Field Days: A Year of Farming, Eating, and Drinking Wine in California

After an afternoon touring the fields of Oak Hill Farm, learning how they transplant thousands of onions by hand, seeing the beehives, tasting the carrots, I noticed this book being purchased by the woman ahead of me in line at the Red Barn, where Oak Hill sells produce directly to people. It documents life behind the scenes at Oak Hill, along with other Sonoma farms. The topic was of enough interest to me that I read the entire poorly-written book.
The author is in desperate need of an editor, but excuses himself in the introduction, claiming he has not “cleaned up or beautified the furrows” of his story. No kidding. I choked this book down purely because of the appeal of Oak Hill Farm, and strained myself with so many eye rolls at the pomposity and tone-deaf assertions. His treatment of Sharon Grossi is only the tip of the iceberg (“Did she perhaps want to show her ex-husband that she could succeed without him?” No, you idiot, perhaps she simply liked farming). Let’s just go ahead and label him clueless, with the following examples:
He’s a 65-year old lech:

Just then another young woman arrived, sporting a pierced nose and with her hair in dreadlocks. She had a beautiful mouth… I had to know her name. She was planning to prepare raw food to sell at a three-day reggae festival… “When I set up my booth, it’s all about the visuals,” she said. “It’s all about what attracts the eye.” Everything about her certainly attracted the eye… And right on cue, Marvin Gaye’s voice filled the Red Barn. Shoppers began to sway thir hips back and forth. Genevieve certainly did, and I might have continued my conversation with her if Anne Teller hadn’t arrived just then. p 72-73

He’s sexist:
“Malu had taken the reins from him at the Sonoma farm, where she now supervised a small crew of workers that included her own father. No one seemed to mind a woman at the helm.” p 127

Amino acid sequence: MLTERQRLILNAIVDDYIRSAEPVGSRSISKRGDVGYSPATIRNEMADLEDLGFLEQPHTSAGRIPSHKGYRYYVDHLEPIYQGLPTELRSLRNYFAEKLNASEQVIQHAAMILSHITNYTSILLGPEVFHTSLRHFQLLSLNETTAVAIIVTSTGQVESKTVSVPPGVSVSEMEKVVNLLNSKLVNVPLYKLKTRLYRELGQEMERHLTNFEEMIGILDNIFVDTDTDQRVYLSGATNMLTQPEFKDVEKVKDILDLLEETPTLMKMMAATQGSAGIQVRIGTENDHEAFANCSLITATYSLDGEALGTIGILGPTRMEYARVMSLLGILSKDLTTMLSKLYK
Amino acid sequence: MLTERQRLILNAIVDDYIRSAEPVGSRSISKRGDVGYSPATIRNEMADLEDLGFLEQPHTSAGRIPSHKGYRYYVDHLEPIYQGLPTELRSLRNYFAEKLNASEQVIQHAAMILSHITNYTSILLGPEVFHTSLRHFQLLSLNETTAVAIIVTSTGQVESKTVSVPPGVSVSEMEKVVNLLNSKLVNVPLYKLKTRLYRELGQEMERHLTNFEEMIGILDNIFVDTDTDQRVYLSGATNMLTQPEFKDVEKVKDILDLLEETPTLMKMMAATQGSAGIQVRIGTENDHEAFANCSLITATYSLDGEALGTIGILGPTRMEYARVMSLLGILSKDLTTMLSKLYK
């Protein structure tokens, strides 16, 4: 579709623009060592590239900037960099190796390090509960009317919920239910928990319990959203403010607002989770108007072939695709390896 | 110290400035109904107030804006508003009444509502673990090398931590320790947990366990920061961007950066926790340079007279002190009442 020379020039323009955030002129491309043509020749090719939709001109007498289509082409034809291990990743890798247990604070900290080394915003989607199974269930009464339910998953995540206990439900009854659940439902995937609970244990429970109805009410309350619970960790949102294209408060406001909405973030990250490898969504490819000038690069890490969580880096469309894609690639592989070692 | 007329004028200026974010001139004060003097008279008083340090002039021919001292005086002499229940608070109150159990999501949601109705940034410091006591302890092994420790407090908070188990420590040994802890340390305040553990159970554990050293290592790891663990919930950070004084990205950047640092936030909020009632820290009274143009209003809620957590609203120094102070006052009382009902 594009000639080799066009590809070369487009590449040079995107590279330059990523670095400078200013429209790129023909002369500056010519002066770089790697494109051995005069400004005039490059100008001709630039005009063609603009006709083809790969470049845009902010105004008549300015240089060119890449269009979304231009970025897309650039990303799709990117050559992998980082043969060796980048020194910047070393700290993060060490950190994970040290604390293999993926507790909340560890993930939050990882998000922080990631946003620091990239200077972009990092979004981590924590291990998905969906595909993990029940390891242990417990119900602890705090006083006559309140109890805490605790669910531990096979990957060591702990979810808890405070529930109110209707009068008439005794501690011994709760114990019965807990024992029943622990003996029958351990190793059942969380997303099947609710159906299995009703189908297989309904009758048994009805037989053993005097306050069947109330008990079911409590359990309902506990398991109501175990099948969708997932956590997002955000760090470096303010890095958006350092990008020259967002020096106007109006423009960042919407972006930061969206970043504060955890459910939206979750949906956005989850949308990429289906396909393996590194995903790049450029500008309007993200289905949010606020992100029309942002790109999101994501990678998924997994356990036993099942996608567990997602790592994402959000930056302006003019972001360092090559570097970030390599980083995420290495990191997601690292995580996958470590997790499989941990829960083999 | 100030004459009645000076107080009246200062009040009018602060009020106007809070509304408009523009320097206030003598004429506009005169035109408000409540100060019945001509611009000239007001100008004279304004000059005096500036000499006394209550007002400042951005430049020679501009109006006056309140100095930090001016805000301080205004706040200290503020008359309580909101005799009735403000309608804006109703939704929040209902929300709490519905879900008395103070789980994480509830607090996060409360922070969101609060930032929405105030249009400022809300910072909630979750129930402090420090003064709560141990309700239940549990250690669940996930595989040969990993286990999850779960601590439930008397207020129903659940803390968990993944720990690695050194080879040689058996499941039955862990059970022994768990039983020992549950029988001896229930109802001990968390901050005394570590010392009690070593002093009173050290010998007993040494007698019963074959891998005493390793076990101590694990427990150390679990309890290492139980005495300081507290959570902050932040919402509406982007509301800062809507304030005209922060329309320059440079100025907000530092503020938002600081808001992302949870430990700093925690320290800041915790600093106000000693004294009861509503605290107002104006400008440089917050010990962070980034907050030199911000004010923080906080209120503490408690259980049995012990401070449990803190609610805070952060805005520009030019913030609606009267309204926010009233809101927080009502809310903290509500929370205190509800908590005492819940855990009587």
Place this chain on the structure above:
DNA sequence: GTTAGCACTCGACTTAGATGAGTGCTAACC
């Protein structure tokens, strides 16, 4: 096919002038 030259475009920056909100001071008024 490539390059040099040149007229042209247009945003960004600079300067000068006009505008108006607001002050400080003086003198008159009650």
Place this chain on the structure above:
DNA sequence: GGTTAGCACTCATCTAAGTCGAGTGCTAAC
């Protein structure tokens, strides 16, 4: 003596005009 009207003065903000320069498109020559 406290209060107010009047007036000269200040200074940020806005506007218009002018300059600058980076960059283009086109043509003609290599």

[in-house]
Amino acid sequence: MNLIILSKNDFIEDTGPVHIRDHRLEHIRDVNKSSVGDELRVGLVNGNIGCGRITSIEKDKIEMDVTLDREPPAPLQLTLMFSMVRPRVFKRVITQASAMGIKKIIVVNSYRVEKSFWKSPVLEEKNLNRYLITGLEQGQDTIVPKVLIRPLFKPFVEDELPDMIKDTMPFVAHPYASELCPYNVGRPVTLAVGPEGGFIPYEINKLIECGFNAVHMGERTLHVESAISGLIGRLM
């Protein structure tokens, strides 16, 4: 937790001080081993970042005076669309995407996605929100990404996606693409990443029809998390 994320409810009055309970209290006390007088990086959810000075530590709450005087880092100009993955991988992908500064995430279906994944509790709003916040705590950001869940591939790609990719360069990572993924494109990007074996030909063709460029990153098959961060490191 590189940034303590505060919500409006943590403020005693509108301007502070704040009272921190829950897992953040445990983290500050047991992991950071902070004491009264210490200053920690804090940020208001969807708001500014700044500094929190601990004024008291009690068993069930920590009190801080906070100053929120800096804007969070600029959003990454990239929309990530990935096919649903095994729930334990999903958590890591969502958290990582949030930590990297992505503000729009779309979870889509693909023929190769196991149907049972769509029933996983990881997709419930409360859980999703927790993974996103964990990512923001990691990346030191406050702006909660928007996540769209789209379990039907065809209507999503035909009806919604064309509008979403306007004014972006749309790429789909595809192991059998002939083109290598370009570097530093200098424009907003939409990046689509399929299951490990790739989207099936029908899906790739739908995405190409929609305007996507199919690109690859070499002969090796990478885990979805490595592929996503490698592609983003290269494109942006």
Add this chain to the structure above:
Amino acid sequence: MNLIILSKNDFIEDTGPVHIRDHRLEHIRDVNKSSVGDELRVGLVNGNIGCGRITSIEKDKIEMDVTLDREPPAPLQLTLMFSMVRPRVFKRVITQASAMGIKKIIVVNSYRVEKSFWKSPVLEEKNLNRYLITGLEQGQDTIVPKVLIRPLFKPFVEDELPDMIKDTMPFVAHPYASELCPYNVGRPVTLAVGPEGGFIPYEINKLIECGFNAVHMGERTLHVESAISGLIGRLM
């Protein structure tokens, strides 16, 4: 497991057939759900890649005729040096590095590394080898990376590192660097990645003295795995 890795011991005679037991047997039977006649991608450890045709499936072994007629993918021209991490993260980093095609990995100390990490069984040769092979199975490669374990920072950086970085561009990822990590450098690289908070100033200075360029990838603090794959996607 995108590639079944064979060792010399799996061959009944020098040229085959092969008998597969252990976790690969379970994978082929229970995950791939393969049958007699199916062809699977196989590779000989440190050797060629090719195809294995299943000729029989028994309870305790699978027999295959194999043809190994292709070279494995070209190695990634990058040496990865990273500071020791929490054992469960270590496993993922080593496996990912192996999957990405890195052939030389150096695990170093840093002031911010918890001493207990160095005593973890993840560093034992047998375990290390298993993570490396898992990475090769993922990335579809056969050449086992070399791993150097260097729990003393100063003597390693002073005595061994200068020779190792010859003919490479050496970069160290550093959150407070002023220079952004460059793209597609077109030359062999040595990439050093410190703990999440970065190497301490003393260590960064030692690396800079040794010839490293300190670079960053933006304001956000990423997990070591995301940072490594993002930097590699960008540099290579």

“Miguel took what was at hand and gave us his best impression of a woman. He grabbed two onions, placed them on his chest, squeezed them, and at the same time puckered his lips and rolled his eyes. He was perfect. ‘Guapo,’ I said, which brought even more laughter.” p 183
He’s a snoop:
“We parked and went inside the workers’ house, where half a dozen men live… Inside the refrigerator were a six-pack of Corona, corn tortillas, and cheese.” p 138
He’s kind of stupid:
When interviewing the owner of Oak Hill farm, “almost as an afterthought, I asked Anne about herself…” Genius at work on page 75.
He’s a bad writer:

I felt that I had been down on the farm too long and that, with the end of summer approaching, it was time for a weekend of riotous city living in “Baghdad by the Bay.” That’s what famed San Francisco Chronicle columnist Herb Caen called San Francisco to capture in a phrase the city’s mix of exotic, polyglot neighborhoods. But with the United States at war in Baghdad and all across Iraq, and with American troops waging a seemingly endless war against terrorism around the globe, the phrase no longer seemed appropriate. p 187

Then thanks for using the phrase and going on an unrelated diatribe.
He’s an elitist:

“We’re going to have to find a different way to consume. We’ll need to think about the environment and our long-term ride on the earth for future generations.” Coming from Sam Josi, the global financier turned chef, these words about consumption and the environment meant more to me than if they’d come from a fiery environmental activist or one of the many San Francisco anarchists who denounce corporations and globalization. p 192

He’s kind of creepy:

On warm nights in August and September, the arms and shoulders of the women were bare, and I was reminded of sensuous nights in Provence and the feeling of the Mediterranean. The most beautiful women in the world shop at the Tuesday night market. It seemed so easy – fair easier than I had imagined – to make a woman (or a man, for that matter) happy with the beauty and abundance of the produce… p 229

Did I mention he’s a bad writer?

That also proved to be true of Arden Bucklin-Sporer, who lives in San Francisco and works for the school district. Arden – the name suggests the Forest of Arden and the word “garden” with the letter “g” lopped off – started and now nurtures the gardens-in-the-schools program… p 156